Composed in medieval Iceland, Hrolf’s Saga is one of the greatest of all mythic-legendary sagas, relating half-fantastical events that were said to have occurred in fifth-century Denmark. It tells of the exploits of King Hrolf and of his famous champions, including Bodvar Bjarki, the ‘bear-warrior’: a powerful figure whose might and bear-like nature are inspired by the same legendary heritage as Beowulf. Depicting a world of wizards, sorceresses and ‘berserker’ fighters – originally members of a cult of Odin – this is a compelling tale of ancient magic. A work of timeless power and beauty, it offers both a treasury of Icelandic prose and a masterful gathering of epic, cultic memory, traditional folk tale and myths from the Viking age and far earlier.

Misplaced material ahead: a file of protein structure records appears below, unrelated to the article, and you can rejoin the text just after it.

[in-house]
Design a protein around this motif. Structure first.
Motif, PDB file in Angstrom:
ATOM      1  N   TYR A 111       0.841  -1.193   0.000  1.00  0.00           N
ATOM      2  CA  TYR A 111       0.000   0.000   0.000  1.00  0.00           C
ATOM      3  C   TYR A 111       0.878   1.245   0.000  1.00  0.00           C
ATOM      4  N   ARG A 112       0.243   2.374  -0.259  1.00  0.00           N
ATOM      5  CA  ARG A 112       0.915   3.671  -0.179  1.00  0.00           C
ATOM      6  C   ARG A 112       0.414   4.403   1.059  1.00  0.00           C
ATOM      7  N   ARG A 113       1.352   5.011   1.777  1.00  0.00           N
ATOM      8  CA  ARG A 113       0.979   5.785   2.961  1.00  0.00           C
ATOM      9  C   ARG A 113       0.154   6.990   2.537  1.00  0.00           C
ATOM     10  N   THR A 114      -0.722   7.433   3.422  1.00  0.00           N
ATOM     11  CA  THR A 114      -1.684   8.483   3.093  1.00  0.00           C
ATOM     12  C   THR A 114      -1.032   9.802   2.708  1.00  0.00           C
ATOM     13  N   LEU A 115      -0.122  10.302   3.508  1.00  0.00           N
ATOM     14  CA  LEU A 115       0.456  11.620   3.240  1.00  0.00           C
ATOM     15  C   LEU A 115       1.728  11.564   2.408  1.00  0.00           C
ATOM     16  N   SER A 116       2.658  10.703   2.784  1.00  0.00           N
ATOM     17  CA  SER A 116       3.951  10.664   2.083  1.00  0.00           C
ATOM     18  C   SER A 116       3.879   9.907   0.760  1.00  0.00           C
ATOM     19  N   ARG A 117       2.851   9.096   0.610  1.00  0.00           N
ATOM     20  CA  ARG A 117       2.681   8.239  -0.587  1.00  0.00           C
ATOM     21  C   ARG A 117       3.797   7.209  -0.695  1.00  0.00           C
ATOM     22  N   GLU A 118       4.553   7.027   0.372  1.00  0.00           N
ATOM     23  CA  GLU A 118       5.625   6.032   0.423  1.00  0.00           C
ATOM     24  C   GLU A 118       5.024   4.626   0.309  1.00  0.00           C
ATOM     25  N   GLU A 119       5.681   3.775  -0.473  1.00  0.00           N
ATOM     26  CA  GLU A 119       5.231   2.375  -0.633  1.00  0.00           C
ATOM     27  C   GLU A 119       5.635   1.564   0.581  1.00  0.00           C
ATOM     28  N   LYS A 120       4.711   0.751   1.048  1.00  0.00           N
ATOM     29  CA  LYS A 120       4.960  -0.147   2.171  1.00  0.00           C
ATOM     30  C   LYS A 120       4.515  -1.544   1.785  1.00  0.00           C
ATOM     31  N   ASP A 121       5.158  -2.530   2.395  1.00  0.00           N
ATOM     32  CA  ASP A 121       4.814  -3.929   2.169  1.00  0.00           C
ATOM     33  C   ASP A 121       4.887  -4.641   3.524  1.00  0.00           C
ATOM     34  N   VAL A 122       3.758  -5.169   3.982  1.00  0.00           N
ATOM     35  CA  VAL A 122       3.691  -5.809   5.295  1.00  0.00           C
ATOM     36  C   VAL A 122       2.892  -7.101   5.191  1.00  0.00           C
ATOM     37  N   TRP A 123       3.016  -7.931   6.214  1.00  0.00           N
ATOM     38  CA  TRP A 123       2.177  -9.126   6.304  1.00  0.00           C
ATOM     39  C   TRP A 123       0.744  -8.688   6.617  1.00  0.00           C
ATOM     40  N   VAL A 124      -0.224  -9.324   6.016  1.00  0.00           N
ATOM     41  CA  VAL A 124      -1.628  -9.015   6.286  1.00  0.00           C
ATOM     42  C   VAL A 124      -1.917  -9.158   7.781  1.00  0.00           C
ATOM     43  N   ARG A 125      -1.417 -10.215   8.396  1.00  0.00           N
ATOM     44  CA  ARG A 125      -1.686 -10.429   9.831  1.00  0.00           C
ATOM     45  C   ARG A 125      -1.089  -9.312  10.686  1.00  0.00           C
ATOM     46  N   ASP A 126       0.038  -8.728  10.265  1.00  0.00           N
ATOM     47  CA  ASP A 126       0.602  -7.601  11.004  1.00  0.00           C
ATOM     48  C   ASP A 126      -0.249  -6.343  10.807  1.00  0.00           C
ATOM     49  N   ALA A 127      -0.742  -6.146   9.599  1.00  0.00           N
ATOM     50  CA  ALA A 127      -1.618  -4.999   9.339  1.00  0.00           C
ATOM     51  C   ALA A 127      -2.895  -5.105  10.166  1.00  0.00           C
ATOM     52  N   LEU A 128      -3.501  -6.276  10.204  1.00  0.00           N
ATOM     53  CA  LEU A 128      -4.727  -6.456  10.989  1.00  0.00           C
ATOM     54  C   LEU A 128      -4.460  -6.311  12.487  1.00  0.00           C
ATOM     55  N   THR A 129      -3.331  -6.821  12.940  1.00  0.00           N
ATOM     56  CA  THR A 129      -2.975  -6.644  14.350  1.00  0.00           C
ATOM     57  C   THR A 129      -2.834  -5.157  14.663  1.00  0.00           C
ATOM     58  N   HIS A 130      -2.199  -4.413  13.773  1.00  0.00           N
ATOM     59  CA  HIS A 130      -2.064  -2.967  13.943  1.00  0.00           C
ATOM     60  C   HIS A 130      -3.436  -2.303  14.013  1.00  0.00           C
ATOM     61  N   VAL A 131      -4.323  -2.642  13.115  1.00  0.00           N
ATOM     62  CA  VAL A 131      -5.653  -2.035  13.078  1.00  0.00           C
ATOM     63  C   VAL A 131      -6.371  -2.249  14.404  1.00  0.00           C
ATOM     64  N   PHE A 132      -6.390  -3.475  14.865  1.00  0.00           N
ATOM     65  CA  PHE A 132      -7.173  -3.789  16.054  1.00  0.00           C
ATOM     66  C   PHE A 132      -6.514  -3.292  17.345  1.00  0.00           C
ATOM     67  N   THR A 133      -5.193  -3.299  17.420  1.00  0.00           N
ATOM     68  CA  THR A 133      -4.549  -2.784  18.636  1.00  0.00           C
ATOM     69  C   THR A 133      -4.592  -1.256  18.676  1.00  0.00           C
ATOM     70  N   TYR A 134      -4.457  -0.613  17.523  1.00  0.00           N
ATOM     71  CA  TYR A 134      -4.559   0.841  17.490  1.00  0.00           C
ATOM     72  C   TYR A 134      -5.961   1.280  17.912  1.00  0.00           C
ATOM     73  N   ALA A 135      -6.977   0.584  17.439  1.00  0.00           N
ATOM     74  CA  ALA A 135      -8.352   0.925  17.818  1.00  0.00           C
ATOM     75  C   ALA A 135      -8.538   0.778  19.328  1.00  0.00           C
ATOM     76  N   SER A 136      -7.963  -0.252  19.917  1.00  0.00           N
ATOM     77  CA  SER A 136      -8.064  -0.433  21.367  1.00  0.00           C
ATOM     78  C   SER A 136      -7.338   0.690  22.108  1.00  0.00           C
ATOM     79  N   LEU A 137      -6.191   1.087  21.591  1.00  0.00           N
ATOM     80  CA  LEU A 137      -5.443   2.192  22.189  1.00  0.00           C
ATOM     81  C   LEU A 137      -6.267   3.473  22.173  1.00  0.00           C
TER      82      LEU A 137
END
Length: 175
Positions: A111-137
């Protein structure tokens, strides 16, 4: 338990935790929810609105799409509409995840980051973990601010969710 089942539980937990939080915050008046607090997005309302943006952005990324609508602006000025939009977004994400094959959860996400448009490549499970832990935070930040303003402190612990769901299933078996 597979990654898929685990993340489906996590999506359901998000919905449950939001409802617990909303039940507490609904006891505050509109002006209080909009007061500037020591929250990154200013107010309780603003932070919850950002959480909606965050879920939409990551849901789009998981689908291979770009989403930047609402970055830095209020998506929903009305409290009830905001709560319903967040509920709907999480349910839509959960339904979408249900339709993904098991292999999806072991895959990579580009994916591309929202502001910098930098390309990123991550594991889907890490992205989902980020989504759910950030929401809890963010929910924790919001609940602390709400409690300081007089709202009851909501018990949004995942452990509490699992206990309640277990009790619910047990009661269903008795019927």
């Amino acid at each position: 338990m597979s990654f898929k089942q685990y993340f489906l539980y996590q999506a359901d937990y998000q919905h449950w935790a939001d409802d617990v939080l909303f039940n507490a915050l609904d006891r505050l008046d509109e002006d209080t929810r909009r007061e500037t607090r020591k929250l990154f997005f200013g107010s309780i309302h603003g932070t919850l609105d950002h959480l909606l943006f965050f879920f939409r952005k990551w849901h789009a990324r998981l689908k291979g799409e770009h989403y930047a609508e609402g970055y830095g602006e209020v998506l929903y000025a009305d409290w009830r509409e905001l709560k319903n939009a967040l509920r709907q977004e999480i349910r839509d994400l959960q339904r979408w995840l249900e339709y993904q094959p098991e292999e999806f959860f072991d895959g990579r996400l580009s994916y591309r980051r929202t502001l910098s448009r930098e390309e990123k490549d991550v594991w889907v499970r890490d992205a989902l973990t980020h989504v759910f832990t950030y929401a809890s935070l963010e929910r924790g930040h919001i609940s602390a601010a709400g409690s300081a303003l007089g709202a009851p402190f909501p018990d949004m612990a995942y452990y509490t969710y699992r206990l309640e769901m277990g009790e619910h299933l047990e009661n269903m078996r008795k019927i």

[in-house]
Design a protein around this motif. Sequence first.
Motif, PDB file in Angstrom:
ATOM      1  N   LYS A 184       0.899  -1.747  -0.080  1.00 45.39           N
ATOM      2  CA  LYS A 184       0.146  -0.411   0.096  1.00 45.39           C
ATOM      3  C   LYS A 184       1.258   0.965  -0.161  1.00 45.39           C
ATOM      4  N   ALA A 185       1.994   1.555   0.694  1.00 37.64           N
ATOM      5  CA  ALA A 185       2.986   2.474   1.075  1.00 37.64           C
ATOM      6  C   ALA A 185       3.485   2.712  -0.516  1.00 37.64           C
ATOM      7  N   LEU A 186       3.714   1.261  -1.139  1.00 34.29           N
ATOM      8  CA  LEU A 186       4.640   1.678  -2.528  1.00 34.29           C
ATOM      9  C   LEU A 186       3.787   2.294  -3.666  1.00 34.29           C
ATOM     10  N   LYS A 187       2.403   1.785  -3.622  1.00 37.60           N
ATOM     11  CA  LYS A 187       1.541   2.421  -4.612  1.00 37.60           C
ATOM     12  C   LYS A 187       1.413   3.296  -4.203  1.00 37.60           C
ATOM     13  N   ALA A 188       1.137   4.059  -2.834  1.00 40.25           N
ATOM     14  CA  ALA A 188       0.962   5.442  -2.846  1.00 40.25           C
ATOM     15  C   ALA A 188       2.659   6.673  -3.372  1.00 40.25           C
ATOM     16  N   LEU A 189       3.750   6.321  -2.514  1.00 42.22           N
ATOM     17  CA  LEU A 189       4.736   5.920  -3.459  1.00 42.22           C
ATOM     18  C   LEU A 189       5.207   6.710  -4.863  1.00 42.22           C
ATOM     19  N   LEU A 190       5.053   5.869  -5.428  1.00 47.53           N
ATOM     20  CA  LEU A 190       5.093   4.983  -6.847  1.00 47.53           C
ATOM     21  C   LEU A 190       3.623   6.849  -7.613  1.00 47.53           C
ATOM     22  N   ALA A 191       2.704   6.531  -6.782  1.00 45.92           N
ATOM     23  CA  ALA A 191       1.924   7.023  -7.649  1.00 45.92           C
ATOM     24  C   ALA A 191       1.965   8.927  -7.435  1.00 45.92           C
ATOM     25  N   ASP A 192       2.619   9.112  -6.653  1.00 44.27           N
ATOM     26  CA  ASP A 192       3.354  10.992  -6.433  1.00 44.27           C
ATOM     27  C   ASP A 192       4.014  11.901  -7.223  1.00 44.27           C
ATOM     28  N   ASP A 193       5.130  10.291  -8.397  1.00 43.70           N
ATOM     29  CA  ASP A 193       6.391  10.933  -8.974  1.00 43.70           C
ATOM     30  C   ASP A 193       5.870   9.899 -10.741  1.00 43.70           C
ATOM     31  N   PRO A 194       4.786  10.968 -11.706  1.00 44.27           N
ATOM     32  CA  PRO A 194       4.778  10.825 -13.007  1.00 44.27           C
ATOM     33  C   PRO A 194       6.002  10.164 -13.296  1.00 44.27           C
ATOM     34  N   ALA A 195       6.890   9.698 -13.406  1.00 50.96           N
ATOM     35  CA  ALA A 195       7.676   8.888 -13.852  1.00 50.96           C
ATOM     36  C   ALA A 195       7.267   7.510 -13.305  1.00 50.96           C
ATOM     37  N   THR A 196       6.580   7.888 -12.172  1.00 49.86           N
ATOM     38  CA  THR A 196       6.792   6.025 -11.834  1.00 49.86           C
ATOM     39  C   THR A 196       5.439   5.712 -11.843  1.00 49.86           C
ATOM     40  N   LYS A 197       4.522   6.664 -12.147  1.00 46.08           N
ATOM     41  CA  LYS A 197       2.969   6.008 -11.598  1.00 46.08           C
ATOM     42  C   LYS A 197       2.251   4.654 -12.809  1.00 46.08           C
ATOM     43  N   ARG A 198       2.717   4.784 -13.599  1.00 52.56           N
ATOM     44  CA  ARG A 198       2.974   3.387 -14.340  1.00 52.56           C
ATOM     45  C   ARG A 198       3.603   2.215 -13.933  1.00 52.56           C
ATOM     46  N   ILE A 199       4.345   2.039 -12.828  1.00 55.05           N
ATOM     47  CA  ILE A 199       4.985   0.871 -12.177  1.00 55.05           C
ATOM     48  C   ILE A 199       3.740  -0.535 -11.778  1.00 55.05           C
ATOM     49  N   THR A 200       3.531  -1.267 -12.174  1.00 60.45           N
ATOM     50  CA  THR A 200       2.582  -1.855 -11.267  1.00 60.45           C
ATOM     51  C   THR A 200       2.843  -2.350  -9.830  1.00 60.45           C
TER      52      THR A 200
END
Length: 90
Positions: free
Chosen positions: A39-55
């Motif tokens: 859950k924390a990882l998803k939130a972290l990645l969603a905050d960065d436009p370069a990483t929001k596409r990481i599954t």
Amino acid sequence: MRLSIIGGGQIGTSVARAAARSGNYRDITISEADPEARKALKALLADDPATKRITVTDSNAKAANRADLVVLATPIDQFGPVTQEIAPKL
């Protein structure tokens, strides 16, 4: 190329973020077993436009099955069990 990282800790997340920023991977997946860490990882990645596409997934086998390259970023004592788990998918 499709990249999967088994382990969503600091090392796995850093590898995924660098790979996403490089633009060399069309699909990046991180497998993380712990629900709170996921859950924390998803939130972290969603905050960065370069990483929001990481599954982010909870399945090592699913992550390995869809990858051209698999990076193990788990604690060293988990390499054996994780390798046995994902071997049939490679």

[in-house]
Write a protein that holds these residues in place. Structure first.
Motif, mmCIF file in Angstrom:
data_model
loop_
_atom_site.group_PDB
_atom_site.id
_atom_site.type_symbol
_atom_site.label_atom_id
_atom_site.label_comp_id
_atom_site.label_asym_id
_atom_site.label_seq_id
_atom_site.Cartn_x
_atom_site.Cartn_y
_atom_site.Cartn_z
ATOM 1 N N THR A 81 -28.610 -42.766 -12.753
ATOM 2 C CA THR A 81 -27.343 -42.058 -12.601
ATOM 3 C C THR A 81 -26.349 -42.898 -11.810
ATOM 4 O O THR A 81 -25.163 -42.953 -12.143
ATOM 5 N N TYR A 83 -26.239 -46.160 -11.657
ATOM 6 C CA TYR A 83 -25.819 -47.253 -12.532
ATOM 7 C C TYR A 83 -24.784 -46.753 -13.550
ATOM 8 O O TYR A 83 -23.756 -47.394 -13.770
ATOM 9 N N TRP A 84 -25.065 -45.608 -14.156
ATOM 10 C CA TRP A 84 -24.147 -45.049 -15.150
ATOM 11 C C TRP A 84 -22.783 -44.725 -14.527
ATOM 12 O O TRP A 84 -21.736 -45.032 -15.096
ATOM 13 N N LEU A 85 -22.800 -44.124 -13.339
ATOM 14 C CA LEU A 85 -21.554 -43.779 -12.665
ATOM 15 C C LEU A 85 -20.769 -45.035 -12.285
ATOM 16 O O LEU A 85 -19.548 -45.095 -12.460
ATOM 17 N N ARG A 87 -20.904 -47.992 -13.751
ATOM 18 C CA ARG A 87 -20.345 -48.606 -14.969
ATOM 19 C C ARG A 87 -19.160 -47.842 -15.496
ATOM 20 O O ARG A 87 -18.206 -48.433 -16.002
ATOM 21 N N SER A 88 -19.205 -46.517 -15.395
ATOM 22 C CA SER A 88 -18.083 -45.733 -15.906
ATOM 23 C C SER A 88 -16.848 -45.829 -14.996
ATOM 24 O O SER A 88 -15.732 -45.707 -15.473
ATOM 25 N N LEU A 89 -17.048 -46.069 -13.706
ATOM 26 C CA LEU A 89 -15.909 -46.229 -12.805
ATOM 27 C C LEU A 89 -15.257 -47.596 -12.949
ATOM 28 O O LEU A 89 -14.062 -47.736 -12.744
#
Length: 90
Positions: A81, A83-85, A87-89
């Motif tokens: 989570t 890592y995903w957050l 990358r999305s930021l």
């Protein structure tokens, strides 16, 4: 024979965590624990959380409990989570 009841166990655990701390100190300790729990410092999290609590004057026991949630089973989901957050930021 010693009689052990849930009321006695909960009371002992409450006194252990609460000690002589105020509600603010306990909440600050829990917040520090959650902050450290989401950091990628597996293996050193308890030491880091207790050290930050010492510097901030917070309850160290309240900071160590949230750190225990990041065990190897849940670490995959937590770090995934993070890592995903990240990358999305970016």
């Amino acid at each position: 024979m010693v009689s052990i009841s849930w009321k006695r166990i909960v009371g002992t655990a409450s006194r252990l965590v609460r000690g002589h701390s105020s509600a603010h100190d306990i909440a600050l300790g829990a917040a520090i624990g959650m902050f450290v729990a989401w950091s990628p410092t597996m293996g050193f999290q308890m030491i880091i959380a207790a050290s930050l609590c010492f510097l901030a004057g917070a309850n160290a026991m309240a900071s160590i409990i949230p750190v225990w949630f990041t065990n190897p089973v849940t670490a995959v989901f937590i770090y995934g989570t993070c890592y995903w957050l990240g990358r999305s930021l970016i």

Jesse Byock, The Saga of King Hrolf Kraki, (Penguin Classics, 1999).
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